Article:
CUMBERLAND — Charles L. Amos, a retired railroader and artist, has published his memoir, titled “Iron Horses & Paintbrushes: My Life as a Railroad Man & Artist.”
Published by The Garbely Publishing Co. and written with Brook Amos, the new book will be available by Nov. 22 through The Book Center in downtown Cumberland.
By the time Amos set down his paintbrushes in his Cumberland studio for the last time in 2015, he had already left a legacy behind him. After retiring from a 30-year railroad career, Amos spent another 35 years brushing the memories of his railroad career onto canvas. In the process, he became one of the most respected and revered American artists in the genre, painting his way to numerous accolades in both railroad and art publications.
Now 89 years old, Amos has put his life into print.
His book covers his life growing up in Lutherville during the Great Depression and World War II and his fascination with the trains of the Pennsylvania and Baltimore & Ohio railroads that rolled near his childhood home. His formal artistic training under famed Baltimore impressionist Marjorie Martinet and his teenage years spent on the local fire company give way to his railroad career in Cumberland, Hagerstown, Hanover and Baltimore, working his way up from a locomotive fireman to upper management at the Western Maryland Railway between the 1950s through the 1970s.
He continued his railroad career with jobs at the Federal Railroad Administration, Department of Transportation and Association of American Railroads before retiring to pursue a second career in art.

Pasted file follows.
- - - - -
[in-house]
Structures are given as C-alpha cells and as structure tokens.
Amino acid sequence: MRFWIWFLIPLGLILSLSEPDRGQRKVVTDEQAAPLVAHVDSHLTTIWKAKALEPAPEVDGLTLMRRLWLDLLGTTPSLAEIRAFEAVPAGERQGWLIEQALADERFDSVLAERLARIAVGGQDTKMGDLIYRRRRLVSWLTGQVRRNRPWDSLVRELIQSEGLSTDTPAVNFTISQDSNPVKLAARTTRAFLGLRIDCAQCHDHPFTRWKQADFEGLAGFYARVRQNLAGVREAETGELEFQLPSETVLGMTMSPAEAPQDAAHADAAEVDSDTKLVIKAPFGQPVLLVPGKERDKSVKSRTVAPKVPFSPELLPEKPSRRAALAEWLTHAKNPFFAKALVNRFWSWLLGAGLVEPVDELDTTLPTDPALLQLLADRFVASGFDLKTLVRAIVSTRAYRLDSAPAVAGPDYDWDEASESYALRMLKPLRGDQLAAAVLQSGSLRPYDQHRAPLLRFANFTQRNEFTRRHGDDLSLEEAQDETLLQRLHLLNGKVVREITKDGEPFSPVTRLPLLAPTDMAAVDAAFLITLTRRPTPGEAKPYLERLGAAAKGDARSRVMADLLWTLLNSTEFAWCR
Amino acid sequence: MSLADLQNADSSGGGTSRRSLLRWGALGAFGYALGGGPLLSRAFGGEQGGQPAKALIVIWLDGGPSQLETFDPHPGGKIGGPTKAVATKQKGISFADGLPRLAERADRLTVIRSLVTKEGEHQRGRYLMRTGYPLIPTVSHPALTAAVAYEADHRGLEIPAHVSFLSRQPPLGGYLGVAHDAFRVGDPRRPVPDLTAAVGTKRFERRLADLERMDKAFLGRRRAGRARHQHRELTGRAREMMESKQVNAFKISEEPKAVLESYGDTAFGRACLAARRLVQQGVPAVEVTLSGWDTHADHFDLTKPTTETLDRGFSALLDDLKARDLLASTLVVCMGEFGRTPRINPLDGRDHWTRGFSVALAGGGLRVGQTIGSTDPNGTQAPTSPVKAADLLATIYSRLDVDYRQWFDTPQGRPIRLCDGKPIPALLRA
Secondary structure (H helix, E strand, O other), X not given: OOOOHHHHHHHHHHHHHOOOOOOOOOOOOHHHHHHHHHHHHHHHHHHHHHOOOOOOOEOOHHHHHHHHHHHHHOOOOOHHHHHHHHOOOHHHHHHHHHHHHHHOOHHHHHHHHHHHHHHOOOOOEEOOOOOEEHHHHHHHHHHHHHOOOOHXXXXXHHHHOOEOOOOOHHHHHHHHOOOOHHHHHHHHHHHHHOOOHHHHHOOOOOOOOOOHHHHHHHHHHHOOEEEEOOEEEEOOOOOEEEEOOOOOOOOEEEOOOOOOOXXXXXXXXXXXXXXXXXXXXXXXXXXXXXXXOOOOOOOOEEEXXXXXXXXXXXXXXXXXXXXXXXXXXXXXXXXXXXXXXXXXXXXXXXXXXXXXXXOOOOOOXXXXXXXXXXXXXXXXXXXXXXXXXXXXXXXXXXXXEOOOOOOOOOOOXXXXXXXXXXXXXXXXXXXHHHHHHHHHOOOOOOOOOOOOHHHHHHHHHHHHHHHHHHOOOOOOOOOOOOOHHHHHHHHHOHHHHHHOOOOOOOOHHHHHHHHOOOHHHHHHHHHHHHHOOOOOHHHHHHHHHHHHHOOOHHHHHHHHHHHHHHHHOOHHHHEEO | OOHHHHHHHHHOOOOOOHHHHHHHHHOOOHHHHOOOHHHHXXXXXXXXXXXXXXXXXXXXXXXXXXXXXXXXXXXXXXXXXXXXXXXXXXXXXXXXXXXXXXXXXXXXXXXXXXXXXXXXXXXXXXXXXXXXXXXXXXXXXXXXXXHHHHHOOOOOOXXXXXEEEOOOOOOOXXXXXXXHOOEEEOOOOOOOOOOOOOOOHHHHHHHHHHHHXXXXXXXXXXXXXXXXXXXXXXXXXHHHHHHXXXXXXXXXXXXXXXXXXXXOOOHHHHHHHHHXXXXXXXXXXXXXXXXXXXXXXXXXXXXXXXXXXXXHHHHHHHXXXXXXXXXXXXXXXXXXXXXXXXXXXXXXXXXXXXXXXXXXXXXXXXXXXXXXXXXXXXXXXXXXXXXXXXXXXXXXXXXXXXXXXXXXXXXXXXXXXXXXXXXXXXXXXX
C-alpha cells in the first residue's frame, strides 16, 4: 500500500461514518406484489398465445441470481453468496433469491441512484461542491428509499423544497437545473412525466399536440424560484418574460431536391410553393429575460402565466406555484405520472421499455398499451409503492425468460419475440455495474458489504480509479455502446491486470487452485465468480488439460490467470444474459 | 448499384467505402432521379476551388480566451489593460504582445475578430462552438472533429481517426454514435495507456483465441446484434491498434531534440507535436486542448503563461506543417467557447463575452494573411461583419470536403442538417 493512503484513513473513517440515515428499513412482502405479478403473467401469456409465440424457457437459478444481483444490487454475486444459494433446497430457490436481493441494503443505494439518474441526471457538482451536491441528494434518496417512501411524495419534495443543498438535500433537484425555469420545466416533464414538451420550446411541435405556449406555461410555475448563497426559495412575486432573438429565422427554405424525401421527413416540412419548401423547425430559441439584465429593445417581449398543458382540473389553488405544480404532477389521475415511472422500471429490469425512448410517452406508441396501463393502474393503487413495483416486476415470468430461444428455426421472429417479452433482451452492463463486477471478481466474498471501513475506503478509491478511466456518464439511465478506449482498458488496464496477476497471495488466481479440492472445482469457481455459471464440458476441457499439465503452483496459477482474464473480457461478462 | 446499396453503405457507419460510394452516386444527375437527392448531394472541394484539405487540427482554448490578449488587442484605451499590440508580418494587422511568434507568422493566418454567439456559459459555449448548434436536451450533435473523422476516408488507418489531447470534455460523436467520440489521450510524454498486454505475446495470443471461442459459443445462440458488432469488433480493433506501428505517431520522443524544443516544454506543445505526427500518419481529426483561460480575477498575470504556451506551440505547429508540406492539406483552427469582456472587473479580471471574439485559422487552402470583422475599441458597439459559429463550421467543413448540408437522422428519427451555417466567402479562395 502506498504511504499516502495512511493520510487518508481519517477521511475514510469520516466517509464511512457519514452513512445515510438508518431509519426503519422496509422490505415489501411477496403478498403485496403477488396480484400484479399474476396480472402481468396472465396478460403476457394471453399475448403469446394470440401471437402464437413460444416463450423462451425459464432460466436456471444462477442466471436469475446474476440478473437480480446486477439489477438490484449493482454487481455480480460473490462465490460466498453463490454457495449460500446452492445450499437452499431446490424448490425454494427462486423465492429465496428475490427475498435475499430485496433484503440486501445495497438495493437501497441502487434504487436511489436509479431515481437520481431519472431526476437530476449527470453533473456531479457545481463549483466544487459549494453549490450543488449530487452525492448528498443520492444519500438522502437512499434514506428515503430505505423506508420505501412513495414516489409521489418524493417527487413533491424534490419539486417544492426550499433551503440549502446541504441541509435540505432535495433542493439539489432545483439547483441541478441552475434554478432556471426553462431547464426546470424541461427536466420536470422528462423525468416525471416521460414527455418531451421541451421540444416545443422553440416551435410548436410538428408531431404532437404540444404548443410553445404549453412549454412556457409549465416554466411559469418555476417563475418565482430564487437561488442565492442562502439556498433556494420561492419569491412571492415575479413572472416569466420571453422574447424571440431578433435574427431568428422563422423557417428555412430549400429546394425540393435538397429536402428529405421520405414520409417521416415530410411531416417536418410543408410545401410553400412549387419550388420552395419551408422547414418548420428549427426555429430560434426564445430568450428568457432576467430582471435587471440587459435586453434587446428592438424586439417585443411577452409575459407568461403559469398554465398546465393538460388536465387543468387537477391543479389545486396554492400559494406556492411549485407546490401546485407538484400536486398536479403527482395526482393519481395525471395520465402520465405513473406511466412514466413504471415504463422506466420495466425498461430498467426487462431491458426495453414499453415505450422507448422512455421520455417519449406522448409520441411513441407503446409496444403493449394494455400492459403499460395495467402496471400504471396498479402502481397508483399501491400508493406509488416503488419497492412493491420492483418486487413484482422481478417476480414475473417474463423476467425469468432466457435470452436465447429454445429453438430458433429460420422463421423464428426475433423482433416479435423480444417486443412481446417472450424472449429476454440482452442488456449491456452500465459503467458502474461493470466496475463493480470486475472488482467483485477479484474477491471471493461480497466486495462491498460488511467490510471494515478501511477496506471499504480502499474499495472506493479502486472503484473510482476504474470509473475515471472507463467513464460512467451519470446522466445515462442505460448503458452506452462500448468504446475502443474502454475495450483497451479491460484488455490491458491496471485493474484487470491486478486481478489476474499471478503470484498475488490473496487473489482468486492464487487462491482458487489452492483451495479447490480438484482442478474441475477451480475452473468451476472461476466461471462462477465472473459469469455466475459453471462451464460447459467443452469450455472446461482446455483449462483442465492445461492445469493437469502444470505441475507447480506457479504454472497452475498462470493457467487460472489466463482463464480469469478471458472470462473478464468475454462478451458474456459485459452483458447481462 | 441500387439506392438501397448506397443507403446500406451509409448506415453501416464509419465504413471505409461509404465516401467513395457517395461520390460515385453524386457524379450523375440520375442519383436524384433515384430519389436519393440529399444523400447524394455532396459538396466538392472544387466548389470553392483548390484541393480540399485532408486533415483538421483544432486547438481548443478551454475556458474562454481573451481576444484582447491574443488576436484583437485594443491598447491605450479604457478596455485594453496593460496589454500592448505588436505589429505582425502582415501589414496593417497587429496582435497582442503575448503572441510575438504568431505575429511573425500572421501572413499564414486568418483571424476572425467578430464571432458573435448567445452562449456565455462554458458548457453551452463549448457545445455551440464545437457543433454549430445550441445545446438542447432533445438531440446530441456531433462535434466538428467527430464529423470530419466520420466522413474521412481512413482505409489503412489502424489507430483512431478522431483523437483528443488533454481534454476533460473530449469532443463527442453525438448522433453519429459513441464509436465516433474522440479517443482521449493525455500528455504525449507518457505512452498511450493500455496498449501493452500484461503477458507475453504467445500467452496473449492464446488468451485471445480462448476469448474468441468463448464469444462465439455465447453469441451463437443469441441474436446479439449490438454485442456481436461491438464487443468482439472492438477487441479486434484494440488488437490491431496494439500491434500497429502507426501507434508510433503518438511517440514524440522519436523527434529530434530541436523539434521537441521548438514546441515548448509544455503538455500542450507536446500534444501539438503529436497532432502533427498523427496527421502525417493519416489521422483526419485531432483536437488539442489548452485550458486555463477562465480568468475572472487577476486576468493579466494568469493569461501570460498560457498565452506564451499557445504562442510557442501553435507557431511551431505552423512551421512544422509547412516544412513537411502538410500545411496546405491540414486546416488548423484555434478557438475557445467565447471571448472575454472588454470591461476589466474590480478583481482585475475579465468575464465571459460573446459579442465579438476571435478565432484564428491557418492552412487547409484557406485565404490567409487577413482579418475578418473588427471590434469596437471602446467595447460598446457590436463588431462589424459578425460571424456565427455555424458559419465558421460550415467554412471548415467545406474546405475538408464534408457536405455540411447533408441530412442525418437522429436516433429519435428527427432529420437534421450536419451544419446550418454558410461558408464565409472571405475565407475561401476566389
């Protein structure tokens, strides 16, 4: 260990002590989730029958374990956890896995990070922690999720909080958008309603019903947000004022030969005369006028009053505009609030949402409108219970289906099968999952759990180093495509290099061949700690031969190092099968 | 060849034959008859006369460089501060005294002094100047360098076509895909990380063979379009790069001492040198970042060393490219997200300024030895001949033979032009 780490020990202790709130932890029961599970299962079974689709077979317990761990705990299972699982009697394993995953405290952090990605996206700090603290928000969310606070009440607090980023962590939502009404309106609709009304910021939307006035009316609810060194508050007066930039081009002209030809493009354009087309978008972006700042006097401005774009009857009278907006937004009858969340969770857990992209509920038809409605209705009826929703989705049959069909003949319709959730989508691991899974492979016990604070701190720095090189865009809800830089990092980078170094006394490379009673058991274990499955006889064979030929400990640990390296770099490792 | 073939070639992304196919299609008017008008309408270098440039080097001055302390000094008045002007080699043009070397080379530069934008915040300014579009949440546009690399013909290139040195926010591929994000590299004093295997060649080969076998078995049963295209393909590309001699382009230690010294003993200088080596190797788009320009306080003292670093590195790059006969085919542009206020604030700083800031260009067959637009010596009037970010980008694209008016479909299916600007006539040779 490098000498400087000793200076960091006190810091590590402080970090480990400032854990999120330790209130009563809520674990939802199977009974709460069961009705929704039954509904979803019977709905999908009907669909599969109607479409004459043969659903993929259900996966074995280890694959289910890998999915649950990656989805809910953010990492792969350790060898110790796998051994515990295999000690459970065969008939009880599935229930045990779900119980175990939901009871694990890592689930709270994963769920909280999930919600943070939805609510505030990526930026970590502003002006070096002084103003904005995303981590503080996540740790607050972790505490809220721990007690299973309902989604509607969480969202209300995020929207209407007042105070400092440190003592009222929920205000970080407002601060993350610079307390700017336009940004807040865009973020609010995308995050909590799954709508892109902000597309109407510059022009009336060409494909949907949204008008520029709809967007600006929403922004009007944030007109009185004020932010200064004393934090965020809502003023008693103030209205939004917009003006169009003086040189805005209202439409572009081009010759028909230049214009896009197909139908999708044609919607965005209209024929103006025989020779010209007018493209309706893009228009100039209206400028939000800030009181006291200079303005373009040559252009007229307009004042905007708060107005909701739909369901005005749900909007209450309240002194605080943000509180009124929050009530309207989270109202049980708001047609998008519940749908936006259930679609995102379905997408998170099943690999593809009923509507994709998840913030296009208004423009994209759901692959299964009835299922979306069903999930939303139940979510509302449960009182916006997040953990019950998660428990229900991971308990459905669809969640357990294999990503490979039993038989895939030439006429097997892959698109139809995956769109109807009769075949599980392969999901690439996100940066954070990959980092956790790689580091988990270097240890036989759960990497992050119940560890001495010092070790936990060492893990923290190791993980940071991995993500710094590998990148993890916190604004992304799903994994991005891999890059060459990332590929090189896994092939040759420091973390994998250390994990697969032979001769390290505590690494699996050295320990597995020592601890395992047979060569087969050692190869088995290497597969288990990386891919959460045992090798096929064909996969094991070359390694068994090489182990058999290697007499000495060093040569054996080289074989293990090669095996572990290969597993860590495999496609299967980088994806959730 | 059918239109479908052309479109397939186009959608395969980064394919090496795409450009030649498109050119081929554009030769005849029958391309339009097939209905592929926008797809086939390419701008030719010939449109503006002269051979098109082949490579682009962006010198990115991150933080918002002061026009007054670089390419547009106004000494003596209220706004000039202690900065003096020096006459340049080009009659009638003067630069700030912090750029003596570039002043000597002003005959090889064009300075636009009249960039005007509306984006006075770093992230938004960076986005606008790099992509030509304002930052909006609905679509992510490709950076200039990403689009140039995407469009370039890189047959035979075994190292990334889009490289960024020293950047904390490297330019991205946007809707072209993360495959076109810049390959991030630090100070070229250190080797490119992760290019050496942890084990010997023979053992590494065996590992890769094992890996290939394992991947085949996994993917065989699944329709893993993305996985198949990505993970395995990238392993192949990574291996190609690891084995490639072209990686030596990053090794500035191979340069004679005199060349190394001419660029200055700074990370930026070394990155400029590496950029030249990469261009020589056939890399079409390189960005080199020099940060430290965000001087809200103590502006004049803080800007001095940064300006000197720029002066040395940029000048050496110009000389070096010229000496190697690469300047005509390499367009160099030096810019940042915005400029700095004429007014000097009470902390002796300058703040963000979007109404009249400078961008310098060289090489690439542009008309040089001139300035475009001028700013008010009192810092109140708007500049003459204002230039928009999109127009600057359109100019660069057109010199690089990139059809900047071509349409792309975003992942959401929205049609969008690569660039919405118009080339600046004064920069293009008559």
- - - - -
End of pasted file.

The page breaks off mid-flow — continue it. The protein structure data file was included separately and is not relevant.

Amos returned to Cumberland in the 1980s, setting up a modest studio downtown. For the next 30 years, lucrative commissions from railroads, companies and individuals across the country supplied his income, while his directorships with both the Allegany County Chamber of Commerce and the Western Maryland Scenic Railroad kept him firmly entrenched in local society. More than 30 of his original artworks are reproduced throughout the pages of the book.
Amos’ contributions to American railroading, and to Cumberland specifically, led CSX Transportation to rename its Cumberland locomotive shop in his honor. John W. Snow, the former CEO of CSX and retired U.S. secretary of the treasury, has called his book “a stirring, moving, and well-told story of a man who combined his fascination with trains with rare artistic gifts, a man who found his true calling as an artist.”
Now living in Swanton, Amos will return to Cumberland in conjunction with the monthly Discover Downtown Cumberland event on Dec. 14 for a book signing at The Book Center from 4 to 6 p.m.
For details about purchasing the book and attending the signing event, contact Lee Schwartz at 301-722-2284 or email@example.com.